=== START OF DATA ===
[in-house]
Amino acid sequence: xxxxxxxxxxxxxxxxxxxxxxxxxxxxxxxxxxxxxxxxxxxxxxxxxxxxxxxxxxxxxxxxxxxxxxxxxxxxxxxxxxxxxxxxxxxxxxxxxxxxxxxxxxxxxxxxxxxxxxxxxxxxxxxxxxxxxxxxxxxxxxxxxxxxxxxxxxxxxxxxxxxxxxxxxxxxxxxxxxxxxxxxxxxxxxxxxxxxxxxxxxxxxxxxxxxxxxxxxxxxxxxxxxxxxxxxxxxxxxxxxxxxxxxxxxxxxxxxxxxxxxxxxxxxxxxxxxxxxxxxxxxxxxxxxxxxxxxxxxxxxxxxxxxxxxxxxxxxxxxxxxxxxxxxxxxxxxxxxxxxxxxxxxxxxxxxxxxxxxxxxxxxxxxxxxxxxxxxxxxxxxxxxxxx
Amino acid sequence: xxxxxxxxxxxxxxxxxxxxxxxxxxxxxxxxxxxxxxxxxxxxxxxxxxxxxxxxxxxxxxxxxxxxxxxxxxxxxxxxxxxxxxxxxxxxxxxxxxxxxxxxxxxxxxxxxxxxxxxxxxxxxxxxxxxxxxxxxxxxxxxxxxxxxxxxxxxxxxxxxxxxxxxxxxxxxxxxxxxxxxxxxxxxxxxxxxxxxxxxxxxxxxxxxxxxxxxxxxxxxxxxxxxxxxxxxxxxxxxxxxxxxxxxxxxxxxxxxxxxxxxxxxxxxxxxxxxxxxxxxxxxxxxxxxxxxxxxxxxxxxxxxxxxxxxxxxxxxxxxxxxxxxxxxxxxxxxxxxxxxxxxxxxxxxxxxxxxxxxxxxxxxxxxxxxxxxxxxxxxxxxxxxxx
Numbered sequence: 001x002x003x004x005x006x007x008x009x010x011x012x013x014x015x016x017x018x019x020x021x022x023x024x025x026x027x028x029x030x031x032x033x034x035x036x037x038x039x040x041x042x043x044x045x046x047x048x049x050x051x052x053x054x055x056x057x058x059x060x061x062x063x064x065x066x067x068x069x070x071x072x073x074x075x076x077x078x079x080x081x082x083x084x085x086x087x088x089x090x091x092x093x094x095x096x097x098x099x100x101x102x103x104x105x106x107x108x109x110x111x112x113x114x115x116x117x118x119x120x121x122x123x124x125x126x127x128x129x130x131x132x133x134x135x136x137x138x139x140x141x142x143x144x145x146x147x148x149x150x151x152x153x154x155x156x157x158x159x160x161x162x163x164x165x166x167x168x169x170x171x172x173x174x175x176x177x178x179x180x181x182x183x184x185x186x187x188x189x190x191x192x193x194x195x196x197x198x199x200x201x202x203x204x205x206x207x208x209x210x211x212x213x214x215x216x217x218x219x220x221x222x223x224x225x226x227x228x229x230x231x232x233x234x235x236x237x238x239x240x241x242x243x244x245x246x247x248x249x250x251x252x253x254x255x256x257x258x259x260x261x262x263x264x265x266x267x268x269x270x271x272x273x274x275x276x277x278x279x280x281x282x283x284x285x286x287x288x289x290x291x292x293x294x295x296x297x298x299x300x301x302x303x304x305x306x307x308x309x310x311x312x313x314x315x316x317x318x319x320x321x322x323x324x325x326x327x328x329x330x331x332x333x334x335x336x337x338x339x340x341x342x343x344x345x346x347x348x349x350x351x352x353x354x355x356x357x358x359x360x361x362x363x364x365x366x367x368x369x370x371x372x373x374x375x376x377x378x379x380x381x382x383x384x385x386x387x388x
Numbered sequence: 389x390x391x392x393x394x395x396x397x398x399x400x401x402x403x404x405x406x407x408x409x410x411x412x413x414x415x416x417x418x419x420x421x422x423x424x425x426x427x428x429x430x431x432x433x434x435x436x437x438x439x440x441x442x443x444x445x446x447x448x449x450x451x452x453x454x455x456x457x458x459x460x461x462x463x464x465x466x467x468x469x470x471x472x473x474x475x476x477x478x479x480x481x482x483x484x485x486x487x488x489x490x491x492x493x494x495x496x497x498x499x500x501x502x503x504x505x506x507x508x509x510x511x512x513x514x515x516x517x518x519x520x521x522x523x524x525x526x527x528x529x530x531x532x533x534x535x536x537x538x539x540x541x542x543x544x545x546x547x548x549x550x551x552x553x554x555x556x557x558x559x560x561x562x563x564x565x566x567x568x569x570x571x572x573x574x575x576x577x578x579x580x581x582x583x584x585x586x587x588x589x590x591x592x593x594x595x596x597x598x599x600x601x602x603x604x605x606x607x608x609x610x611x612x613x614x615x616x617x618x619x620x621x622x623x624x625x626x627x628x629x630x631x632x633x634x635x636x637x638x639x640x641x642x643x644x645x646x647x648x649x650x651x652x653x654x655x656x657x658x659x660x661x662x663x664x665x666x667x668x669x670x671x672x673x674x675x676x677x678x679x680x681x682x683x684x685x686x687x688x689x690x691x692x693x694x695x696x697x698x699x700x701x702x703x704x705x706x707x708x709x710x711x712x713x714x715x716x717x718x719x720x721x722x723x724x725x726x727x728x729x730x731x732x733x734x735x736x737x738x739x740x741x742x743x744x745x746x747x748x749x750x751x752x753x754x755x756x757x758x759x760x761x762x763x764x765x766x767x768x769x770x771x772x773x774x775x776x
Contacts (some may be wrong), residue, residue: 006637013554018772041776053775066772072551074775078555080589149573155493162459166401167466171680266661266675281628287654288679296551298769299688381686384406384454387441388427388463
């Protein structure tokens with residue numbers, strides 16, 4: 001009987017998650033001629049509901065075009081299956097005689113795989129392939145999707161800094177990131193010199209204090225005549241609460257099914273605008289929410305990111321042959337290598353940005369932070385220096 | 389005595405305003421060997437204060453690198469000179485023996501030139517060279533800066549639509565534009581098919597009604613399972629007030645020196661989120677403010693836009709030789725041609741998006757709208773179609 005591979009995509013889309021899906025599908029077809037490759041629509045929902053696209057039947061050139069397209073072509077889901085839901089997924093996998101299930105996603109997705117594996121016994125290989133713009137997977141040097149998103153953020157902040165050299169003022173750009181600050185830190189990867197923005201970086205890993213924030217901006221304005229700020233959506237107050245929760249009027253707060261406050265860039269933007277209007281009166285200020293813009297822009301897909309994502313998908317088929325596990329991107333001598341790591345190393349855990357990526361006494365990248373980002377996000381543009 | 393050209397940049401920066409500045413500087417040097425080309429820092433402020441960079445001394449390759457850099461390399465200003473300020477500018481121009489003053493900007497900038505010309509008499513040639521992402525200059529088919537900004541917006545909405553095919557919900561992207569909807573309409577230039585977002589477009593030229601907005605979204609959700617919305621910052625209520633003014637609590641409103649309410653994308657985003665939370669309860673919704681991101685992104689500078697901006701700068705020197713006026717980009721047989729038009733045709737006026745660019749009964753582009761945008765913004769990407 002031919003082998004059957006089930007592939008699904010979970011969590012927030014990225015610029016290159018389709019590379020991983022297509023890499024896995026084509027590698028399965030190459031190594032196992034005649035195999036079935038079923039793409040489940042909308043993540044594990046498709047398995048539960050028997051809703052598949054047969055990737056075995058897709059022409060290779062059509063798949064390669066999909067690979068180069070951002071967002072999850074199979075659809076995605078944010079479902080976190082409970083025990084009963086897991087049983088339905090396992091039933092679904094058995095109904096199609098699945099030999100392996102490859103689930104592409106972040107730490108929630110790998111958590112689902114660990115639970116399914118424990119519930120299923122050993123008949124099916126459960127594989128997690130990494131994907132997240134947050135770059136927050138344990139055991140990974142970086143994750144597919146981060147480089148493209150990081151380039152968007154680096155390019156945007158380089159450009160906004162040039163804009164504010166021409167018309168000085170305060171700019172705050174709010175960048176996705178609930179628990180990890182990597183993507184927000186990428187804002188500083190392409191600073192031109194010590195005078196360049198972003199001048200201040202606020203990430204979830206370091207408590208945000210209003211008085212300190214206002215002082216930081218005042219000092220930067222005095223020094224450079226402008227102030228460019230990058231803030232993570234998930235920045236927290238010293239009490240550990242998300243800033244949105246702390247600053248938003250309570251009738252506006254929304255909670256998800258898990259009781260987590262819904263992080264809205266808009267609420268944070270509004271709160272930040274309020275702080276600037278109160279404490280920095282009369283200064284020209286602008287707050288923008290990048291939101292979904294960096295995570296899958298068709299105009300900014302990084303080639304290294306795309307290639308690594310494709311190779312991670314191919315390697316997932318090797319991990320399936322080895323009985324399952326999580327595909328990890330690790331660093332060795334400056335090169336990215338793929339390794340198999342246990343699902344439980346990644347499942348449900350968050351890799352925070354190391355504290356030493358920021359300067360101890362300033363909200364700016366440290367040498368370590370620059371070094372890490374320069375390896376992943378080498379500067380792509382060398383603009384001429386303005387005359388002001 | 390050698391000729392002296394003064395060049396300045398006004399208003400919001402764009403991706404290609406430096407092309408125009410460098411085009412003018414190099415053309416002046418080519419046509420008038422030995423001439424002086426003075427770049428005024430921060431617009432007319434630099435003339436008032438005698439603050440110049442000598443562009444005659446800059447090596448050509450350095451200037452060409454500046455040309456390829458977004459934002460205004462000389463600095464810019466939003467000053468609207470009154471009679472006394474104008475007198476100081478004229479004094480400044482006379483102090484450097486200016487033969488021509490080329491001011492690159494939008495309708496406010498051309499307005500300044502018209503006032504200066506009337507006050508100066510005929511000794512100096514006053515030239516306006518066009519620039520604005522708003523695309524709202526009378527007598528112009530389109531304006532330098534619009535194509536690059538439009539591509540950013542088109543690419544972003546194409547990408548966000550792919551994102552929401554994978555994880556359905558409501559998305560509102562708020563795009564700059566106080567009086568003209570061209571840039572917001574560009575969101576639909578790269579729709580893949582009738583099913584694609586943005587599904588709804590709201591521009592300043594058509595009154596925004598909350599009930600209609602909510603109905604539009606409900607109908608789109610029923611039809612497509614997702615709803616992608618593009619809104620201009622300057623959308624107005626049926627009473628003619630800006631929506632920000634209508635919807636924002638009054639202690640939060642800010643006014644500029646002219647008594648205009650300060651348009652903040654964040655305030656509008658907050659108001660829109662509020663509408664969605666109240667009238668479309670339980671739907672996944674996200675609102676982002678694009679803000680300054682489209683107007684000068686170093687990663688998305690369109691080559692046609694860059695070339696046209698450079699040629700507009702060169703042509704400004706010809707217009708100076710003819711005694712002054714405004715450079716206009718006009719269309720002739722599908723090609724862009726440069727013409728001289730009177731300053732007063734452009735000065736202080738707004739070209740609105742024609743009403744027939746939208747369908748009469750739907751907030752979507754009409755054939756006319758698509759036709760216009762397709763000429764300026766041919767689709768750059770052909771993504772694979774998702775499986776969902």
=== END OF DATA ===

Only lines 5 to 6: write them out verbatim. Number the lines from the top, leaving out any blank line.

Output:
Numbered sequence: 389x390x391x392x393x394x395x396x397x398x399x400x401x402x403x404x405x406x407x408x409x410x411x412x413x414x415x416x417x418x419x420x421x422x423x424x425x426x427x428x429x430x431x432x433x434x435x436x437x438x439x440x441x442x443x444x445x446x447x448x449x450x451x452x453x454x455x456x457x458x459x460x461x462x463x464x465x466x467x468x469x470x471x472x473x474x475x476x477x478x479x480x481x482x483x484x485x486x487x488x489x490x491x492x493x494x495x496x497x498x499x500x501x502x503x504x505x506x507x508x509x510x511x512x513x514x515x516x517x518x519x520x521x522x523x524x525x526x527x528x529x530x531x532x533x534x535x536x537x538x539x540x541x542x543x544x545x546x547x548x549x550x551x552x553x554x555x556x557x558x559x560x561x562x563x564x565x566x567x568x569x570x571x572x573x574x575x576x577x578x579x580x581x582x583x584x585x586x587x588x589x590x591x592x593x594x595x596x597x598x599x600x601x602x603x604x605x606x607x608x609x610x611x612x613x614x615x616x617x618x619x620x621x622x623x624x625x626x627x628x629x630x631x632x633x634x635x636x637x638x639x640x641x642x643x644x645x646x647x648x649x650x651x652x653x654x655x656x657x658x659x660x661x662x663x664x665x666x667x668x669x670x671x672x673x674x675x676x677x678x679x680x681x682x683x684x685x686x687x688x689x690x691x692x693x694x695x696x697x698x699x700x701x702x703x704x705x706x707x708x709x710x711x712x713x714x715x716x717x718x719x720x721x722x723x724x725x726x727x728x729x730x731x732x733x734x735x736x737x738x739x740x741x742x743x744x745x746x747x748x749x750x751x752x753x754x755x756x757x758x759x760x761x762x763x764x765x766x767x768x769x770x771x772x773x774x775x776x
Contacts (some may be wrong), residue, residue: 006637013554018772041776053775066772072551074775078555080589149573155493162459166401167466171680266661266675281628287654288679296551298769299688381686384406384454387441388427388463